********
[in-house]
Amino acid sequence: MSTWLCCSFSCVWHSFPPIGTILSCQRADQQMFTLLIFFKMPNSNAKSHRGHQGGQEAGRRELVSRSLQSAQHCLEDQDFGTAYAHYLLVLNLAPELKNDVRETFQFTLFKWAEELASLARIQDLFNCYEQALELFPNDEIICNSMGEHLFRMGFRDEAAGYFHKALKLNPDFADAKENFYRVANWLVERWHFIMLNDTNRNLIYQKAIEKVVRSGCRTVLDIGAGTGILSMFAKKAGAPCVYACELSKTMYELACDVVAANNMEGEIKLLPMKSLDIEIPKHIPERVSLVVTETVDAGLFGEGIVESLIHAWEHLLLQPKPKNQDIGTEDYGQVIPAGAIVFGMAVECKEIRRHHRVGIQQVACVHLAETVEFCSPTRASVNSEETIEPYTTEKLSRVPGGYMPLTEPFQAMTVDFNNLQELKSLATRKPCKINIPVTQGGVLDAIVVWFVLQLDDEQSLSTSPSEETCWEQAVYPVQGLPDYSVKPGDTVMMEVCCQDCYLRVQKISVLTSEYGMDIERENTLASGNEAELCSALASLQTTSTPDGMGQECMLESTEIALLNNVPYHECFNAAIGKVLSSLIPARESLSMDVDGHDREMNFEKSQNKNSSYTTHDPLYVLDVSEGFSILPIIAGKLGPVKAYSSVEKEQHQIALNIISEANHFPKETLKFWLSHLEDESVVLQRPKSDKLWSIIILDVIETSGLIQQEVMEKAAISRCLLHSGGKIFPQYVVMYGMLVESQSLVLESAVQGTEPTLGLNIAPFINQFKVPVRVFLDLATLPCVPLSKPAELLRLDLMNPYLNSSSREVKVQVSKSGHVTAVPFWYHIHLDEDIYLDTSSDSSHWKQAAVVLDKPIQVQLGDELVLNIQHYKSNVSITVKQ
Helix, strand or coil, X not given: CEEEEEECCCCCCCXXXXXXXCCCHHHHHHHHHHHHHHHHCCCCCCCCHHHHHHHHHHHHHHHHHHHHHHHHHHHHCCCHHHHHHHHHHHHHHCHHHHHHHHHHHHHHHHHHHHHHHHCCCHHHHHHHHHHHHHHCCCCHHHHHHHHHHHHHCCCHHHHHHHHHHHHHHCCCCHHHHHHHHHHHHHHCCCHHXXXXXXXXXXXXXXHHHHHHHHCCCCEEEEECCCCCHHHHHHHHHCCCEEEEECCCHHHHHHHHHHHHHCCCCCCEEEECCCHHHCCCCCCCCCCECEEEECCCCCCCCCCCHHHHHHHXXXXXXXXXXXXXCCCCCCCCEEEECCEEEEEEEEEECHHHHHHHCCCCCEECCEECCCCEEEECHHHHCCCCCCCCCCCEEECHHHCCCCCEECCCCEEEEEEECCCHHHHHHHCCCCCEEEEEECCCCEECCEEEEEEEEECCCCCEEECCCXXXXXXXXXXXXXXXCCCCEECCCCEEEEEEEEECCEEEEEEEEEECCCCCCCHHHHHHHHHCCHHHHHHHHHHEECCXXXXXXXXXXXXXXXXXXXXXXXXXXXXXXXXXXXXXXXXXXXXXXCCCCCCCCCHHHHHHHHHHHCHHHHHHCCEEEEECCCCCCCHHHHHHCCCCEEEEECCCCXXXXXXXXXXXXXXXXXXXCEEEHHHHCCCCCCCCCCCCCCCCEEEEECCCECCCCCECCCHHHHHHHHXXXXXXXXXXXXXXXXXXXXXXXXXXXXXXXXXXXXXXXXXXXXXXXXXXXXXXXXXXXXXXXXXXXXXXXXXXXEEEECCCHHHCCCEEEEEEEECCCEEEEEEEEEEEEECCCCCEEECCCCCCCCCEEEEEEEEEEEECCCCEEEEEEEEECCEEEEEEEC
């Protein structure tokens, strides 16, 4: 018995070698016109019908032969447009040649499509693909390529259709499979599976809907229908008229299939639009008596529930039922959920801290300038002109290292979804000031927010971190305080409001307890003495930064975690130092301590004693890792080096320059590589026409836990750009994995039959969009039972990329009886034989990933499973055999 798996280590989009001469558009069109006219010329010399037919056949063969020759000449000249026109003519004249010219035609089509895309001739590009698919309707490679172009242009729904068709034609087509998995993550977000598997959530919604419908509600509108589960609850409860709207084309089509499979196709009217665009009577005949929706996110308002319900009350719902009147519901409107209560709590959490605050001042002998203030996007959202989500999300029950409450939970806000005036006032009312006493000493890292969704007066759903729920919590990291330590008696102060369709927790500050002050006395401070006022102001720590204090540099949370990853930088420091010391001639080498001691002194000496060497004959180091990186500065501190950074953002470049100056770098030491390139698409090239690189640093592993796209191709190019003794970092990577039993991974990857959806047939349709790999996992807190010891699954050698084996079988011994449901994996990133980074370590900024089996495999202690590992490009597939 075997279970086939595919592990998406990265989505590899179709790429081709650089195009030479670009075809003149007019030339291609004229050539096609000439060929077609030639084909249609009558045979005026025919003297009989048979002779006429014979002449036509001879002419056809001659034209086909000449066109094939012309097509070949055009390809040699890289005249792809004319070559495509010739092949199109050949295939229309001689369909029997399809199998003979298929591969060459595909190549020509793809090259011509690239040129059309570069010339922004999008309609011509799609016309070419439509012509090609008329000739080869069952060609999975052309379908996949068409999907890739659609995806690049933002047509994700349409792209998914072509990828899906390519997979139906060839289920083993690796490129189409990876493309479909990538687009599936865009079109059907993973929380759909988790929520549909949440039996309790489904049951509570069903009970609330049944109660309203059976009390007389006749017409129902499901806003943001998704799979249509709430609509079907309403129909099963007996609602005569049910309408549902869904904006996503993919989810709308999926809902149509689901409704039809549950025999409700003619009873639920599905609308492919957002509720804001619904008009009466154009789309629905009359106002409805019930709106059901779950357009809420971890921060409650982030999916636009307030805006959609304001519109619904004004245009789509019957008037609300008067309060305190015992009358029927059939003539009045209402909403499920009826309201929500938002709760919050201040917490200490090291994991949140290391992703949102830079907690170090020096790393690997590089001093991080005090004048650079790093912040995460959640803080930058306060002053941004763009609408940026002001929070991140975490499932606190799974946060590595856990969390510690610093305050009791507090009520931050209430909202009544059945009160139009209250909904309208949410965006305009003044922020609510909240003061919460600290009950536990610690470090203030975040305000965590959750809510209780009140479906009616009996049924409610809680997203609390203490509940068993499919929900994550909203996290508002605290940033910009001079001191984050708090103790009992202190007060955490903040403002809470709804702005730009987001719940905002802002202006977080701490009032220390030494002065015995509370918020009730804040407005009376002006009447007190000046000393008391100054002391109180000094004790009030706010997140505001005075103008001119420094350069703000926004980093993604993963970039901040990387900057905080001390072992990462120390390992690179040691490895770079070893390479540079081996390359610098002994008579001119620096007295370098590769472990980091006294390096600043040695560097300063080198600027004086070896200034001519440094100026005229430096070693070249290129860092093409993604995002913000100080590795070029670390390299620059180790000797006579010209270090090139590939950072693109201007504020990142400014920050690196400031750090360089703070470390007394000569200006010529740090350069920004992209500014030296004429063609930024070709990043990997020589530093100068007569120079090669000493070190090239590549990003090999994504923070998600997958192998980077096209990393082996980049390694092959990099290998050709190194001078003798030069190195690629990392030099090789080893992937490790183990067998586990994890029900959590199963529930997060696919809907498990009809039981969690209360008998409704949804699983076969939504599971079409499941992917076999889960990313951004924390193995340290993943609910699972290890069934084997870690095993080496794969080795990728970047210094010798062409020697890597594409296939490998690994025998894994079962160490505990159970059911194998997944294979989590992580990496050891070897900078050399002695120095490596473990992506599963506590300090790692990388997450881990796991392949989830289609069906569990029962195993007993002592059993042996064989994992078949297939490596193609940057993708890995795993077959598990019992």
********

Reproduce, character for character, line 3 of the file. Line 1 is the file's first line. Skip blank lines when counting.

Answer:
Helix, strand or coil, X not given: CEEEEEECCCCCCCXXXXXXXCCCHHHHHHHHHHHHHHHHCCCCCCCCHHHHHHHHHHHHHHHHHHHHHHHHHHHHCCCHHHHHHHHHHHHHHCHHHHHHHHHHHHHHHHHHHHHHHHCCCHHHHHHHHHHHHHHCCCCHHHHHHHHHHHHHCCCHHHHHHHHHHHHHHCCCCHHHHHHHHHHHHHHCCCHHXXXXXXXXXXXXXXHHHHHHHHCCCCEEEEECCCCCHHHHHHHHHCCCEEEEECCCHHHHHHHHHHHHHCCCCCCEEEECCCHHHCCCCCCCCCCECEEEECCCCCCCCCCCHHHHHHHXXXXXXXXXXXXXCCCCCCCCEEEECCEEEEEEEEEECHHHHHHHCCCCCEECCEECCCCEEEECHHHHCCCCCCCCCCCEEECHHHCCCCCEECCCCEEEEEEECCCHHHHHHHCCCCCEEEEEECCCCEECCEEEEEEEEECCCCCEEECCCXXXXXXXXXXXXXXXCCCCEECCCCEEEEEEEEECCEEEEEEEEEECCCCCCCHHHHHHHHHCCHHHHHHHHHHEECCXXXXXXXXXXXXXXXXXXXXXXXXXXXXXXXXXXXXXXXXXXXXXXCCCCCCCCCHHHHHHHHHHHCHHHHHHCCEEEEECCCCCCCHHHHHHCCCCEEEEECCCCXXXXXXXXXXXXXXXXXXXCEEEHHHHCCCCCCCCCCCCCCCCEEEEECCCECCCCCECCCHHHHHHHHXXXXXXXXXXXXXXXXXXXXXXXXXXXXXXXXXXXXXXXXXXXXXXXXXXXXXXXXXXXXXXXXXXXXXXXXXXXEEEECCCHHHCCCEEEEEEEECCCEEEEEEEEEEEEECCCCCEEECCCCCCCCCEEEEEEEEEEEECCCCEEEEEEEEECCEEEEEEEC